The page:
And Grachiov, the head of the powerful Duma committee, is not an exception: “We have not scrapped the idea yet…I’ve always been a staunch supporter of conventional energy sources.”
As a matter of fact, Russia did come back to the idea of floating nuclear last year at the 6th International Naval Show in St. Petersburg, but suggested other locations.
Despite its conventional energy plans, Russia’s commitment to hike its solar and wind capacity from 200 MW today to 6 GW by 2020 may seem like a dream.
For comparison, Russia’s current non-hydro generation at 200 MW is half the renewable generation the seceded Ukrainian region of Crimea boasts.
“The Crimean solar generation cost, now at a whopping 0.34 euro cents, is largely fed with the budget money. This is pretty insane taking into account that Ukraine has been on the brink of bankruptcy for quite some time,” Grachiov said.
With $4.2 billion earmarked in subsidies for solar sector by 2020, little, if any, money will reach Yakutia.
“For many, it is first a vivid example of super-expensive solar energy, not of the benefits it gives,” the deputy editor insisted.
“Sure, it is such an example. The 200 MW we are receiving now from non-hydro generation may seem to some like our backwardness, but the advanced Germany spends $40 billion in green subsidies annually. I don’t think this is a right thing to follow,” the Russian Duma’s Energy Committee chairman argued.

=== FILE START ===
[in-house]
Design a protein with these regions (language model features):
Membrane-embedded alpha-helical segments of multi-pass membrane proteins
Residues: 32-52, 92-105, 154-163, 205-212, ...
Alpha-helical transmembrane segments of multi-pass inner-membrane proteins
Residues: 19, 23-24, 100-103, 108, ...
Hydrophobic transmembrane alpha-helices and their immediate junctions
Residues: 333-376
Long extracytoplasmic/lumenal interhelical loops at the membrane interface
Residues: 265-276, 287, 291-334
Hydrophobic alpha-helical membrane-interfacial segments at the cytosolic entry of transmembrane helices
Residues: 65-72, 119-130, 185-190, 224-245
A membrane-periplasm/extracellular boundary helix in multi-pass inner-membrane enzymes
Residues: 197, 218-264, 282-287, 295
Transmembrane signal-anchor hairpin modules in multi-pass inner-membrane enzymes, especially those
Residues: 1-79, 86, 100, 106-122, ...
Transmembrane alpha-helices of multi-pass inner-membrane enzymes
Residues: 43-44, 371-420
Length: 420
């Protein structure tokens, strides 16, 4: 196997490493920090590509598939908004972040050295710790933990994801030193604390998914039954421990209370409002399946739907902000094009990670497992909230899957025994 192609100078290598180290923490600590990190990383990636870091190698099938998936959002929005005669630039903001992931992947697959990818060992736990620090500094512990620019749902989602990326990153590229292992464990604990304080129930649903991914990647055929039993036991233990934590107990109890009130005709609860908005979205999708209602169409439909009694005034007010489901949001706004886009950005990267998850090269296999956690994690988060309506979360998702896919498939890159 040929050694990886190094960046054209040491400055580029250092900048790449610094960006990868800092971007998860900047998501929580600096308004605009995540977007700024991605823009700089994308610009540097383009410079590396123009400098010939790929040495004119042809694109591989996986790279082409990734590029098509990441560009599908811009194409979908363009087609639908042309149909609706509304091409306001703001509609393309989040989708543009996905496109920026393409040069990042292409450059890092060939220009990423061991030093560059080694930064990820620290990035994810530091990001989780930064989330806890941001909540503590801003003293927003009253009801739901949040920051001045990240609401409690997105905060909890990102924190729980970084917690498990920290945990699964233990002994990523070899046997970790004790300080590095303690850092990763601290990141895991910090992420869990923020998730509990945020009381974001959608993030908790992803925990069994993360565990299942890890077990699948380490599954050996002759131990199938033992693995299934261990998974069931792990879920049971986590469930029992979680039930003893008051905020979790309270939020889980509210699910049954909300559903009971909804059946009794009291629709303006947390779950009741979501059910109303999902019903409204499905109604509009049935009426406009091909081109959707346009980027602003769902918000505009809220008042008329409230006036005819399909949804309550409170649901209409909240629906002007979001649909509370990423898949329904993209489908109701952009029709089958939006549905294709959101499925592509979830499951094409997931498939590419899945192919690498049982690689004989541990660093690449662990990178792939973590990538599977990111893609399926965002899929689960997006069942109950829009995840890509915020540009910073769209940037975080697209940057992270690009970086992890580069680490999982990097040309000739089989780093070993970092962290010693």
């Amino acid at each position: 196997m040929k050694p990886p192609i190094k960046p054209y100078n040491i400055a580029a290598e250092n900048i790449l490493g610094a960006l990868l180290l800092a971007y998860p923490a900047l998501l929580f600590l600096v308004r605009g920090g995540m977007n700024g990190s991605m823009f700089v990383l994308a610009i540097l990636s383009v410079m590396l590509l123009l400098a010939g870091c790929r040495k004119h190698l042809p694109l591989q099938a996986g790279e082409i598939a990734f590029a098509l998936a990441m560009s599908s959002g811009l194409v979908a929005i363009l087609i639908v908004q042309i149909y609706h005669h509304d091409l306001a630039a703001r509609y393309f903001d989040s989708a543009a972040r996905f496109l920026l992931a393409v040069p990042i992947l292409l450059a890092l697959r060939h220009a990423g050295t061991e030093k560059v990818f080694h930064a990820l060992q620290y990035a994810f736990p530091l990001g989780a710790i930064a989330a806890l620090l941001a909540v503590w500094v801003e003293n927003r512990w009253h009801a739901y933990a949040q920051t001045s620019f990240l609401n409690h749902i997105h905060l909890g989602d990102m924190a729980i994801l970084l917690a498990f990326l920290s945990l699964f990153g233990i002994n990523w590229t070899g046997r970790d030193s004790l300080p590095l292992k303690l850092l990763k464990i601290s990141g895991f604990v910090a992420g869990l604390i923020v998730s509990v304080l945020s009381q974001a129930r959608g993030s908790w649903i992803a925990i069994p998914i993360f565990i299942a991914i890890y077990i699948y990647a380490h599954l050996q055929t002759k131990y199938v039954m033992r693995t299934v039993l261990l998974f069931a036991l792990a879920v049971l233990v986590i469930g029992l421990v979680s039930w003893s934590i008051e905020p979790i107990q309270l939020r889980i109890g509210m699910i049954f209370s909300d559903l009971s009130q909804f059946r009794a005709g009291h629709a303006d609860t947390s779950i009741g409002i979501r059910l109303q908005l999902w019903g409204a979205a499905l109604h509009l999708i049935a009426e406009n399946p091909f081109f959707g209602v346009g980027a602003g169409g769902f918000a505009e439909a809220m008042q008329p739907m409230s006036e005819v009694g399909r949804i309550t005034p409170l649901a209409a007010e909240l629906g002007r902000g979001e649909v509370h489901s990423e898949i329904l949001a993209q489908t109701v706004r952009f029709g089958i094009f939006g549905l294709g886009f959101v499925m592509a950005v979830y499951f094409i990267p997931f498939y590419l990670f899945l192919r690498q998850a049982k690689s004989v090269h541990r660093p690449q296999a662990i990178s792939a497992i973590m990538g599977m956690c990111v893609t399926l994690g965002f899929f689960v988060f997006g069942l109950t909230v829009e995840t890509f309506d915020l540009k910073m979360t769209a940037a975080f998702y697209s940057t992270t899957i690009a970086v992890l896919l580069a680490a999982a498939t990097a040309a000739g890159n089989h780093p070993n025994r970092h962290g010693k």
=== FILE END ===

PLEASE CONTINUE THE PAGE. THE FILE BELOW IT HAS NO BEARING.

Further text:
In Need of Federal Attention
Despite the adverse investment background, the faraway region’s “green” performance are worthy of praise: four 90-kW PV installations in the settlements of Batamaij, Juchugeij, Dulgalax and Kudu-Kiueljm generated nearly 10,000 kWh during the wintriest months, saving the region over 3,300 tons of the expensive diesel fuel.
Saxaenergo, an affiliate company of JSC Jakutskenergo, which is part of Far Eastern Russia's major power holding PAO Energeticheskije Sistemy Vostoka, operates the PV installations.
“The technologically advanced, weather-adapted equipment has proven to be very efficient and cold-proof,” Saxaenergo said in a statement.
Saxaenergo’s net generation at the plants was 100,000 kWh last year, but the operator expects to overcome the mark.
In addition to the solar generation, Yakutia got a boost last year from a 40-kW wind farm in the settlement of Bykov and a 250-kW wind park in Tiksi.
The region saved between 9.5 and 16.2 tons of diesel fuel with wind and solar in 2012, while the whole Kamchatka region is thought to have saved nearly 300,000 tons over the last two years.
“There has been some success in the regions on the retail market, specifically solar plants in Yakutia and wind stations on Kamchatka. We view isolated regions such as these as having great potential for the development of renewable energy, as they often rely on expensive and heavily subsidized diesel generation,” said Cody Thompson, a program analyst at IFC Advisory Services for Europe and Central Asia. “As such, renewable technologies can compete economically even without additional support from the government, when compared to the true cost of diesel generation, including fuel costs and subsidies.”